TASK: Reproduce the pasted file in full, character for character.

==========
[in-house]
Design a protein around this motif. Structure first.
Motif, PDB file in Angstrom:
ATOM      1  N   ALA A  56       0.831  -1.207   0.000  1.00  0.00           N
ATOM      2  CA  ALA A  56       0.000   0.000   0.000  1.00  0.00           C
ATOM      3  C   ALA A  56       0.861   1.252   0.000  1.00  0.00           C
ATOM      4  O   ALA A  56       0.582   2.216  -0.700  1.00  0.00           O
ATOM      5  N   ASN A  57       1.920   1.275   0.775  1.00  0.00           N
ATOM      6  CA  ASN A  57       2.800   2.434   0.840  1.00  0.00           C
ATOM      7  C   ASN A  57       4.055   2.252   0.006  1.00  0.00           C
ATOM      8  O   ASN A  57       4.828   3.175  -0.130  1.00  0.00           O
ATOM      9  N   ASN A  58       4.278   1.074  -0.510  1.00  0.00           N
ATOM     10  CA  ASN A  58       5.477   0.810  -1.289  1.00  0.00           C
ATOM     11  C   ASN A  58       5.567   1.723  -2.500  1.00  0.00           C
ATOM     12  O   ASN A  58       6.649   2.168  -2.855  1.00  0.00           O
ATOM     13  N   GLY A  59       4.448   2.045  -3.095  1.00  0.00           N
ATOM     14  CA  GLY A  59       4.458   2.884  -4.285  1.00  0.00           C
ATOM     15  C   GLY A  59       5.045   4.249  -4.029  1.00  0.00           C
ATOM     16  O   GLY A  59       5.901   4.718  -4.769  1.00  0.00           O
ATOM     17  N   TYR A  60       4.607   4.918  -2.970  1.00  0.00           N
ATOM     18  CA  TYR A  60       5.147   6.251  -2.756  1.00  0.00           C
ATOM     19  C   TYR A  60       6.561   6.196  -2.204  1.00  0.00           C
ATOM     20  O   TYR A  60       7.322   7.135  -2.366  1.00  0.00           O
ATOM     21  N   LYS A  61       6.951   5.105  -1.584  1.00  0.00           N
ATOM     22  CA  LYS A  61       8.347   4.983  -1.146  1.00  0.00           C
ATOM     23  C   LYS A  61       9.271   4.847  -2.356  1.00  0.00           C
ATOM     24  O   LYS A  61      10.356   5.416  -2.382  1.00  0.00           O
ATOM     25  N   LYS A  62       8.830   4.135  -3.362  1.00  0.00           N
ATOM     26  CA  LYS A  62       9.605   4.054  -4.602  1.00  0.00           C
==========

[in-house]
Design a protein around this motif. Structure first.
Motif, PDB file in Angstrom:
ATOM      1  N   ALA A  56       0.831  -1.207   0.000  1.00  0.00           N
ATOM      2  CA  ALA A  56       0.000   0.000   0.000  1.00  0.00           C
ATOM      3  C   ALA A  56       0.861   1.252   0.000  1.00  0.00           C
ATOM      4  O   ALA A  56       0.582   2.216  -0.700  1.00  0.00           O
ATOM      5  N   ASN A  57       1.920   1.275   0.775  1.00  0.00           N
ATOM      6  CA  ASN A  57       2.800   2.434   0.840  1.00  0.00           C
ATOM      7  C   ASN A  57       4.055   2.252   0.006  1.00  0.00           C
ATOM      8  O   ASN A  57       4.828   3.175  -0.130  1.00  0.00           O
ATOM      9  N   ASN A  58       4.278   1.074  -0.510  1.00  0.00           N
ATOM     10  CA  ASN A  58       5.477   0.810  -1.289  1.00  0.00           C
ATOM     11  C   ASN A  58       5.567   1.723  -2.500  1.00  0.00           C
ATOM     12  O   ASN A  58       6.649   2.168  -2.855  1.00  0.00           O
ATOM     13  N   GLY A  59       4.448   2.045  -3.095  1.00  0.00           N
ATOM     14  CA  GLY A  59       4.458   2.884  -4.285  1.00  0.00           C
ATOM     15  C   GLY A  59       5.045   4.249  -4.029  1.00  0.00           C
ATOM     16  O   GLY A  59       5.901   4.718  -4.769  1.00  0.00           O
ATOM     17  N   TYR A  60       4.607   4.918  -2.970  1.00  0.00           N
ATOM     18  CA  TYR A  60       5.147   6.251  -2.756  1.00  0.00           C
ATOM     19  C   TYR A  60       6.561   6.196  -2.204  1.00  0.00           C
ATOM     20  O   TYR A  60       7.322   7.135  -2.366  1.00  0.00           O
ATOM     21  N   LYS A  61       6.951   5.105  -1.584  1.00  0.00           N
ATOM     22  CA  LYS A  61       8.347   4.983  -1.146  1.00  0.00           C
ATOM     23  C   LYS A  61       9.271   4.847  -2.356  1.00  0.00           C
ATOM     24  O   LYS A  61      10.356   5.416  -2.382  1.00  0.00           O
ATOM     25  N   LYS A  62       8.830   4.135  -3.362  1.00  0.00           N
ATOM     26  CA  LYS A  62       9.605   4.054  -4.602  1.00  0.00           C